- The Washington Times - Thursday, November 19, 2009

SLOVAK REALISM

Slovakia’s foreign minister urged Europe to adopt a “realistic” approach in dealing with Russia, even though Moscow tries to pressure its neighbors by cutting off energy supplies.

“It would be a lie to say that Russia shares our values,” Miroslav Lajcak said on a visit to Washington on Wednesday, referring to democratic and free-market ideals.

However, he urged other European nations to adopt a “very realistic view of what Russia is and what we can expect” from the Kremlin. Russia cut off natural gas supplies to Slovakia, which relies on Moscow for much of its energy, in January for two weeks because of a contract dispute with Ukraine. The cutoff also affected other European nations that rely on Russian energy.

Mr. Lajcak said Slovakia will not “live in a world of wishful thinking” in hopes that Russia will treat his country fairly. But he added that Slovakia will engage Russia diplomatically to try to resolve any future disputes.

Slovak Prime Minister Robert Fico met with Russian Prime Minister Vladimir Putin this week to try to get guarantees that Slovakia will not face another energy crisis because of a Russian dispute with another European country.

Mr. Lajcak, reviewing the past 20 years since the fall of the Berlin Wall, thanked former President George W. Bush for supporting Slovakia’s goals of joining NATO and the European Union and for getting Slovakia into the U.S. Visa Waiver Program to make it easier for Slovaks to travel to the United States.

He also said Slovakia looks forward to working with President Obama and his “new approach” to multilateral diplomacy.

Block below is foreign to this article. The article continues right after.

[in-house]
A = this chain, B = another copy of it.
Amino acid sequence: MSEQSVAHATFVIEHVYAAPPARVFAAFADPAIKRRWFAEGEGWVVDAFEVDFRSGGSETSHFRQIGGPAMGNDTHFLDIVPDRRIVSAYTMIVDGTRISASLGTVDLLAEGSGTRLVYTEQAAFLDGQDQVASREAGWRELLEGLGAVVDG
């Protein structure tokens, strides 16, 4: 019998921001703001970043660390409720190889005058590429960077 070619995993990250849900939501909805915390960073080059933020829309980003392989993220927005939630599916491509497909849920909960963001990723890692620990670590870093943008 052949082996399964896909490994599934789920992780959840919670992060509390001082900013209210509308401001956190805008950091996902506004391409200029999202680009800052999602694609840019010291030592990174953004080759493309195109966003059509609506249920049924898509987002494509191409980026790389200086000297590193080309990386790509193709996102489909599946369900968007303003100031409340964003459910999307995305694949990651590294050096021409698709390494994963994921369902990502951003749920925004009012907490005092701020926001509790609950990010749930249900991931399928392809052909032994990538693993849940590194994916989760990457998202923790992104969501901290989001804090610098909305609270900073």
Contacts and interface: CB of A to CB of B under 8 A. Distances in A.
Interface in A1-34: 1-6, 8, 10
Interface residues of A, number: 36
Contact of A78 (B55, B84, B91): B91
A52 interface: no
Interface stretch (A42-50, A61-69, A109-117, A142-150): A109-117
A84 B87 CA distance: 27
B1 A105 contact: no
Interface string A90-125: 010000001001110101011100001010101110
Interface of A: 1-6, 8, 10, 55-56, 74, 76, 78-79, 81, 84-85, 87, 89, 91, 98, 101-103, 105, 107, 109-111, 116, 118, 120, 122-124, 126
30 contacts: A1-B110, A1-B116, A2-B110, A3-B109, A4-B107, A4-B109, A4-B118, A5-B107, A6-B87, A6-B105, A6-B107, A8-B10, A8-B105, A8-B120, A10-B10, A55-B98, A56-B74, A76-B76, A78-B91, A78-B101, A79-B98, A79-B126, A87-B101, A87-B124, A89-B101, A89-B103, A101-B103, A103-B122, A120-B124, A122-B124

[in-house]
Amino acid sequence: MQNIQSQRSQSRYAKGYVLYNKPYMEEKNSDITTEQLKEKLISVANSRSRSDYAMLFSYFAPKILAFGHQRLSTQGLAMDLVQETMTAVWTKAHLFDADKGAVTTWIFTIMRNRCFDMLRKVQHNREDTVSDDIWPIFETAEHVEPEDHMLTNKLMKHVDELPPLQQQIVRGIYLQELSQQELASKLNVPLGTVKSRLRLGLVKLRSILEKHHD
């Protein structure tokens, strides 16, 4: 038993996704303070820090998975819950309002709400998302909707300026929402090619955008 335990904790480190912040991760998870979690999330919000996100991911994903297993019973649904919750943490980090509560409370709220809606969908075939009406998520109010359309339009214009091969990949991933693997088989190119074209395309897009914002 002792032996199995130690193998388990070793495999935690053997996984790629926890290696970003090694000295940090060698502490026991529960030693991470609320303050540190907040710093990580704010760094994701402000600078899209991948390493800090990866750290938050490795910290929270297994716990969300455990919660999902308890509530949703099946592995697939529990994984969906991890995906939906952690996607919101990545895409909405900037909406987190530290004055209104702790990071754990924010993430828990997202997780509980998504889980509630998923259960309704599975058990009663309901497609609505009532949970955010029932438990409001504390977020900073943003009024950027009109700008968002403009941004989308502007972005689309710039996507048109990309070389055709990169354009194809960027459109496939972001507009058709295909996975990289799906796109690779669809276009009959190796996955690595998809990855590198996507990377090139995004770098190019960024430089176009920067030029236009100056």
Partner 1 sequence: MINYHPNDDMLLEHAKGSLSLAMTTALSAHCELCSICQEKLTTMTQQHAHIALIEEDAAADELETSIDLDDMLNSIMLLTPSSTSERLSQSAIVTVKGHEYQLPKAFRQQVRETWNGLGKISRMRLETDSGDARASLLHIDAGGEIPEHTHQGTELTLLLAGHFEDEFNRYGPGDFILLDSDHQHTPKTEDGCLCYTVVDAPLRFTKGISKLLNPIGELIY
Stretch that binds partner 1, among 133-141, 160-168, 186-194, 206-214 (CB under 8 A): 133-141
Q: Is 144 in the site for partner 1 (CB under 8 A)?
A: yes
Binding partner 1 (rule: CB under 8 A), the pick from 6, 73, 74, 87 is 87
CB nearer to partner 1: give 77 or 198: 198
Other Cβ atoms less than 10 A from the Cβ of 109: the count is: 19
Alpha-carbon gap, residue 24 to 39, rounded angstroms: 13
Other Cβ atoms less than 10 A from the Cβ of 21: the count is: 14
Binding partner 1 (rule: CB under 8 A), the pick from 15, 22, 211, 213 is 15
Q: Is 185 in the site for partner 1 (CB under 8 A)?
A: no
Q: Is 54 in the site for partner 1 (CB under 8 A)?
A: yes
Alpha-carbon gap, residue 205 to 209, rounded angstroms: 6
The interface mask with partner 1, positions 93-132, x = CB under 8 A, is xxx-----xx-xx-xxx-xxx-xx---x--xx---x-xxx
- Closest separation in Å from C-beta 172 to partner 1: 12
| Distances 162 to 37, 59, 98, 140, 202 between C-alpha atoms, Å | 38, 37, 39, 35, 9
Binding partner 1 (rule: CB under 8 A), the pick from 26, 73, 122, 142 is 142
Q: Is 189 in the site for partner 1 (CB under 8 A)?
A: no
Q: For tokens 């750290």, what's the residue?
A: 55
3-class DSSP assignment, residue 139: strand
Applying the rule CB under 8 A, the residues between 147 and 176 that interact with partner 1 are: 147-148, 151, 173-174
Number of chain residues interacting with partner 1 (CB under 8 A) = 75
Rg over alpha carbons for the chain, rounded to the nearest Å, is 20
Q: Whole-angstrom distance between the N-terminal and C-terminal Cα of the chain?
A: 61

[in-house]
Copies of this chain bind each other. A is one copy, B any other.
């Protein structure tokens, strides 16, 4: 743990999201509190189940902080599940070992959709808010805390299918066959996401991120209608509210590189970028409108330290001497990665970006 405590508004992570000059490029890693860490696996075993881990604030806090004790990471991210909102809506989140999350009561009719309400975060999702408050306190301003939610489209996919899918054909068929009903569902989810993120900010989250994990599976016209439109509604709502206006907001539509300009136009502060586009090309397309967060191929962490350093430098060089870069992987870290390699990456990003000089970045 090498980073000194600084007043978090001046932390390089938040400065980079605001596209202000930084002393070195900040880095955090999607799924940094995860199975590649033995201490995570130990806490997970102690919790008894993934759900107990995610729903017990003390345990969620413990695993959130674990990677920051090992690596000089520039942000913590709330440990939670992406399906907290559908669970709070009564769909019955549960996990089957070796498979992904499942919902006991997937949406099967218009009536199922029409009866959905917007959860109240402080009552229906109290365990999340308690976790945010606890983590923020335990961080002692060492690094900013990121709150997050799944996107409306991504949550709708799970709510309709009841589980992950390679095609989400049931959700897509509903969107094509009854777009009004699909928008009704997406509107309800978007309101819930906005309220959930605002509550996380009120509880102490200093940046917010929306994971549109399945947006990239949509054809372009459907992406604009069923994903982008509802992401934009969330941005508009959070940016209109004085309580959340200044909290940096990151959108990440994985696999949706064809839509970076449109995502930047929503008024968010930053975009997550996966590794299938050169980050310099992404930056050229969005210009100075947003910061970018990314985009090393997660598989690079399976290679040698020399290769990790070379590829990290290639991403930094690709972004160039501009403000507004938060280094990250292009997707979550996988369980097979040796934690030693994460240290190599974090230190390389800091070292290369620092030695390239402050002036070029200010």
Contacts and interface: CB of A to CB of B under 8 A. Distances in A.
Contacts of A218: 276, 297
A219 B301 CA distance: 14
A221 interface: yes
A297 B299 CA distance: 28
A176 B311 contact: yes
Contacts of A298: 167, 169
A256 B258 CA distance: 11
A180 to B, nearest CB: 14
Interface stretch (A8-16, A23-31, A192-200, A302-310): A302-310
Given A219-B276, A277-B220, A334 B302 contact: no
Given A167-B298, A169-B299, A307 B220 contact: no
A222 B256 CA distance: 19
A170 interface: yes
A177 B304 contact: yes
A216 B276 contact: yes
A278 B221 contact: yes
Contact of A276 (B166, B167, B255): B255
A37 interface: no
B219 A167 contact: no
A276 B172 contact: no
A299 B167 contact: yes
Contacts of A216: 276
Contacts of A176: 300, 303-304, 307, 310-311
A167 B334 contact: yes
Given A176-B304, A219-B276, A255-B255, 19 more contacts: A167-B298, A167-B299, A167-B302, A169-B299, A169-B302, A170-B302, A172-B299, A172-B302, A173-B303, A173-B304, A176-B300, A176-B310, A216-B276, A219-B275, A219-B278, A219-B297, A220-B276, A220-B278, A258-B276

“This is an opportunity to look back,” Mr. Lajcak told reporters at the National Press Club. “We have achieved quite a lot. It is our time to prove we are reliable partners [to the United States and European Union].”

Slovakia traveled a “road full of potholes” on its journey to a vibrant democratic nation. After the fall of communism in 1989, Czechs and Slovaks grew increasingly uneasy with each other. The Velvet Revolution that toppled the communists was followed by the Velvet Divorce with the peaceful breakup of Czechoslovakia. However, the new Czech Republic inherited most of the assets in the divorce.

“We built a state from scratch,” he said.

Slovakia immediately experienced a political setback by electing Vladimir Meciar as prime minister. Most Western nations criticized Mr. Meciar’s autocratic rule and denounced Slovakia for widespread corruption. Madeleine K. Albright, secretary of state in the late 1990s, called Slovakia “a black hole on the map Europe.”

By 1998, Slovaks had rejected Mr. Meciar in favor of Mikulas Dzurinda and an open, democratic government. Membership in both NATO and the European Union followed in 2004.

“Slovakia today is an accountable and reliable ally,” Mr. Lajcak said.

SLOVAKIA’S GOAL

After Branislav Lichardus arrived in Washington in 1994 as Slovakia’s first ambassador to the United States, he learned how hard a job he would have promoting his new country when he attended a hockey match.

Commenting on a play, the game’s announcer noted that a Czechoslovakian had just scored a goal, the ambassador recalled at a forum on the Velvet Revolution at the Heritage Foundation on Wednesday. The old country had already split into the Czech and Slovak republics a year earlier.

After a few moments, the announcer corrected himself, adding that two new nations were created in Europe: the Czech Republic and Slovenia.

However, by the end of his term as ambassador in 1998, Washington knew about Slovakia.

“Our small embassy staff opened doors to the White House, to Congress to the think tanks,” said Dr. Lichardus, a physician, not a diplomat, by profession.

One of those staffers, Peter Burian, is now ambassador.

Call Embassy Row at 202/636-3297, fax 202/832-7278 or e-mail jmorrison@ washingtontimes.com.

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